Author’s note: this article begins a series exploring who writes El Paso’s narrative, where we explore how censorship controls what the community hears. Debbie Nathan is a journalist who has written for several outlets, including The El Paso Times, Newspaper Tree and most recently the El Paso Matters. She is one of the moderators of the Facebook Group Chucopedia and is also the author of several books. (corrected at 12:30, June 11, 2021 to replace Stanton Street with Newspaper Tree.)

Please note that some material in this article involves child abuse cases and thus may be difficult for some readers to read.

This article was simultaneously published on El Paso Politics and El Paso News on June 11, 2021

Debbie Nathan was born in Houston in 1950. She earned her bachelor’s degree from Temple University in 1972. After graduating, she moved to the borderland. In 1980, Nathan left El Paso and moved to Chicago where she began working at The Reader. In 1984, she and her husband moved back to El Paso. [8]

In 2012, Debbie Nathan was hired by Newspaper Tree publisher Louie Gilot, who previously worked under Bob Moore at the El Paso Times. [3] The Newspaper Tree was attempting to relaunch as a nonprofit at the time. The El Paso Community Foundation was assisting the online publication in seeking a non-profit status from the IRS. The El Paso Community Foundation is funded by some of El Paso’s wealthiest businessmen with Woody Hunt being one the largest contributors.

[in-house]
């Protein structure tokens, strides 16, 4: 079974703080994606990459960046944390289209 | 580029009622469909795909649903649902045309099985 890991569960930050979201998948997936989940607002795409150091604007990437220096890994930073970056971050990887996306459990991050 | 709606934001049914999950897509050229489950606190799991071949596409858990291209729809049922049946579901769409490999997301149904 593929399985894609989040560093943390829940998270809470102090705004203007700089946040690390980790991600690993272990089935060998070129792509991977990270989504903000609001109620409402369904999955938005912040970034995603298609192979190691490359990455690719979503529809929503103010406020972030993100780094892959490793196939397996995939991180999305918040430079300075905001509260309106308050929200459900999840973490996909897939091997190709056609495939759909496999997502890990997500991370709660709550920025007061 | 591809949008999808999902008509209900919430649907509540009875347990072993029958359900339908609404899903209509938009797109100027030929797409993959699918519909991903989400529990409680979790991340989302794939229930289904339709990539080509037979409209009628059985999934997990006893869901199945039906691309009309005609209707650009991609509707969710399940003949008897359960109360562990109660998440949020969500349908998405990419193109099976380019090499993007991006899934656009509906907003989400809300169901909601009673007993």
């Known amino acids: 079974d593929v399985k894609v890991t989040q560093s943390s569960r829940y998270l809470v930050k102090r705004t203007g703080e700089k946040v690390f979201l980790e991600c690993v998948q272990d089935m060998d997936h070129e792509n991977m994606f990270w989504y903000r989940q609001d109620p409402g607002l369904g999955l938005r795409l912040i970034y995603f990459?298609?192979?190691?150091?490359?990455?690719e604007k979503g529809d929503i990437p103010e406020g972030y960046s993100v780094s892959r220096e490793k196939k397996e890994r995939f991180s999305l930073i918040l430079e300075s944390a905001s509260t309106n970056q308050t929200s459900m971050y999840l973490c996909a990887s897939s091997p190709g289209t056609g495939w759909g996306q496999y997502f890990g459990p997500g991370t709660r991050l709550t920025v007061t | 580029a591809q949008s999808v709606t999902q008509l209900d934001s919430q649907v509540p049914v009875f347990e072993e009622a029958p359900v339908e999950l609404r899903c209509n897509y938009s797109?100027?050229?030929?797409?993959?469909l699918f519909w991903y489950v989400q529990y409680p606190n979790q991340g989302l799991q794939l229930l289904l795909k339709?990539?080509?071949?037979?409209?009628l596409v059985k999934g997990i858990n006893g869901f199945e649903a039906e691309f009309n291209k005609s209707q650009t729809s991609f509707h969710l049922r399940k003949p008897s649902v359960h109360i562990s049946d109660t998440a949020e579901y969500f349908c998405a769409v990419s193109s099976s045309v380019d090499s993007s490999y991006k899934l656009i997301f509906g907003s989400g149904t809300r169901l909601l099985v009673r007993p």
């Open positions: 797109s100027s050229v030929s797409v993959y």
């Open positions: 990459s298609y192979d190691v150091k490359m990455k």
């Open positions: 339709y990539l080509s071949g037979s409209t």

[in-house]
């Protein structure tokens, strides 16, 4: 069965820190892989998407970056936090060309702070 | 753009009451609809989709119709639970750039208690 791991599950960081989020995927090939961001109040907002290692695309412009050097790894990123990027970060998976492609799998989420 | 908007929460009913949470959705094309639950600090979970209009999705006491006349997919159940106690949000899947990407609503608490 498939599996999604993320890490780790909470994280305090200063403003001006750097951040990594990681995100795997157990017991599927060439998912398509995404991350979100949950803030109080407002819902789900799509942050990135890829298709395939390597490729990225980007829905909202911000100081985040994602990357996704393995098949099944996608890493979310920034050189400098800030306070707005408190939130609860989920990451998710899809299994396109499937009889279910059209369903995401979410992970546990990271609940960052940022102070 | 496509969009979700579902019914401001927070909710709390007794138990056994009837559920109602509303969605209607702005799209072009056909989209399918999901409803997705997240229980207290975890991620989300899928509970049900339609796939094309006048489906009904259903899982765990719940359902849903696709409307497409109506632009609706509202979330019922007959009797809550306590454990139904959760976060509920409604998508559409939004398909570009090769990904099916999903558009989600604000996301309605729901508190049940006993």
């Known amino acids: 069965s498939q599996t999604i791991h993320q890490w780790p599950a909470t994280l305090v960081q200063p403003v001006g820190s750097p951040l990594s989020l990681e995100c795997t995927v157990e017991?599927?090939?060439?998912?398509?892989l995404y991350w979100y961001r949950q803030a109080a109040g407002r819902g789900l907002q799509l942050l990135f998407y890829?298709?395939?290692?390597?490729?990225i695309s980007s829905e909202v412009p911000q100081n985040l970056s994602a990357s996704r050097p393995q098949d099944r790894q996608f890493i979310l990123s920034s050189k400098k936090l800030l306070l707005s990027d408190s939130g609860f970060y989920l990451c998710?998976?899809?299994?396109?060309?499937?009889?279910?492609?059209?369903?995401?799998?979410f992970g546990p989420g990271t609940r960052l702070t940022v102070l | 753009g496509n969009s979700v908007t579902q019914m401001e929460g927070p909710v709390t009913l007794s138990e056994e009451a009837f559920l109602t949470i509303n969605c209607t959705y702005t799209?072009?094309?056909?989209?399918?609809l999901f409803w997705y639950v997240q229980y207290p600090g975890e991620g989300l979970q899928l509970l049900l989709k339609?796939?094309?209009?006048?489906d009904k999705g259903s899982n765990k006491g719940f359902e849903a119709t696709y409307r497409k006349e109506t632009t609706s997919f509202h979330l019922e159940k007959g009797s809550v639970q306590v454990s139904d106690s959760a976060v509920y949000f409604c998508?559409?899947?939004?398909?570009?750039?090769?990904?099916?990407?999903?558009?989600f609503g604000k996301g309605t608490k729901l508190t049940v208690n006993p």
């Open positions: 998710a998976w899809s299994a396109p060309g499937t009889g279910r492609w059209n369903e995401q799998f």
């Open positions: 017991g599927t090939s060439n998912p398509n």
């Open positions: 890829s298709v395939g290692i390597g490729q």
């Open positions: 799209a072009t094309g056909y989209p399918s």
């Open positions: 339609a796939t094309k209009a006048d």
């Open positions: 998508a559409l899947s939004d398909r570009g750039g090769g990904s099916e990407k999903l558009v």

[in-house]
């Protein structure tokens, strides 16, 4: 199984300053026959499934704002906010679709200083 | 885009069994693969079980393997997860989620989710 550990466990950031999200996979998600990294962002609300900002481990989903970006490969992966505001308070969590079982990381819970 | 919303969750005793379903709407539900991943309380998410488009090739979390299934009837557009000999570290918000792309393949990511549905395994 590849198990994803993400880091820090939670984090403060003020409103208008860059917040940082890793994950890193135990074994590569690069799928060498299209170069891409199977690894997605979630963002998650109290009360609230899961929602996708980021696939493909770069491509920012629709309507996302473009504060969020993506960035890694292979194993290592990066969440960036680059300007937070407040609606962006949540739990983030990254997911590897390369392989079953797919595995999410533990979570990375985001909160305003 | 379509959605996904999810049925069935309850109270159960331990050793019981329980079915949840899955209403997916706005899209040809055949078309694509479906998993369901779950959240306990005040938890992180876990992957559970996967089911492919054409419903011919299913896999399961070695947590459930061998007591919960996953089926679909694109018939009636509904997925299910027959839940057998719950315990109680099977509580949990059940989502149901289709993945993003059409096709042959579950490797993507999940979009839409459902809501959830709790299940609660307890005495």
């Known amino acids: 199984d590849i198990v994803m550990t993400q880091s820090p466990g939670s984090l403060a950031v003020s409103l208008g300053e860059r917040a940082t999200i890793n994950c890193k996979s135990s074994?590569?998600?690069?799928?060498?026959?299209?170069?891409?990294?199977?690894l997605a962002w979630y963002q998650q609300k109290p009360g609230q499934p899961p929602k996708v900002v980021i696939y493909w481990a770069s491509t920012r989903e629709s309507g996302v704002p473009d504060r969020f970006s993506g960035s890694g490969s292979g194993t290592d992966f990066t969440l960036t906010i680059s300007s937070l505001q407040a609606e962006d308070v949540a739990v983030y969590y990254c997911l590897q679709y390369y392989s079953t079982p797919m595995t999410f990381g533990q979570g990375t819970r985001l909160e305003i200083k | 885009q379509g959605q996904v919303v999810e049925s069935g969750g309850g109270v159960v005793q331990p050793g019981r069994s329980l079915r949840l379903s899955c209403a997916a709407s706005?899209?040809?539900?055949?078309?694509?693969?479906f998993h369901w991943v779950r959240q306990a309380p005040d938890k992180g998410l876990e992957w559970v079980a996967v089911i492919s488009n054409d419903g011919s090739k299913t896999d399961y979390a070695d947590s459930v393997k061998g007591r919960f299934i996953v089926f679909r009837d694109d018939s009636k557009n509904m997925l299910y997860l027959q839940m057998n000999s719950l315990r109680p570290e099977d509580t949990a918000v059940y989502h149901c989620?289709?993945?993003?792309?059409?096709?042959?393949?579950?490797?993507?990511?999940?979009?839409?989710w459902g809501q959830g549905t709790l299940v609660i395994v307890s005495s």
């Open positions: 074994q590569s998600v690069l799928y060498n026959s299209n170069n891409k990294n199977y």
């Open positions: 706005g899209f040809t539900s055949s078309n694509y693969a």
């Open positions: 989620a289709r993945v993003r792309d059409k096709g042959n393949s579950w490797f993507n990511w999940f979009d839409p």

Nathan’s journalistic journey has been controversial for years. In her own words, “my freelance work was appreciated outside of El Paso, but it defined me as a crank within it.” [8]

Nathan Is Shown The Door

On June 11, 2013, Debbie Nathan posted on her Facebook page her experience at the Newspaper Tree.

“I vividly remember attending hours of the June 26, 2012 City Council meeting and returning to the Newspaper Tree office literally nauseous, after witnessing the baseball-stadium vote taken away from the citizenry in one fell swoop.”

Nathan continued her Facebook post with, “I spent the rest of the summer, while Newspaper Tree dragged its heels about publishing, trying to get other journalists at functioning papers, such as David Crowder at Inc.” to follow up on what Nathan had discovered about the ballpark.

Nathan added that the El Paso Community Foundation’s “unwillingness to let NPT (Newspaper Tree) publish, my reporting languished.” She then added that “notable now is that NPT’s current publisher, Anthony Martinez — who is also acting as editor — is very close to Steve Ortega: socializes with him and has been appointed twice by Ortega to city boards.” Emanuel Anthony Martinez was the 2003 editor of the first incarnation of the publication.

During the runup to the controversial ballpark, Steve Ortega, then a city representative, led the effort while refusing to release his emails under the Texas Public Information Act.

Nathan concluded with “NPT was funded by Woody Hunt primarily, per Hunt, to ‘fight corruption’… a narrow view of corruption confines it to illegal acts.”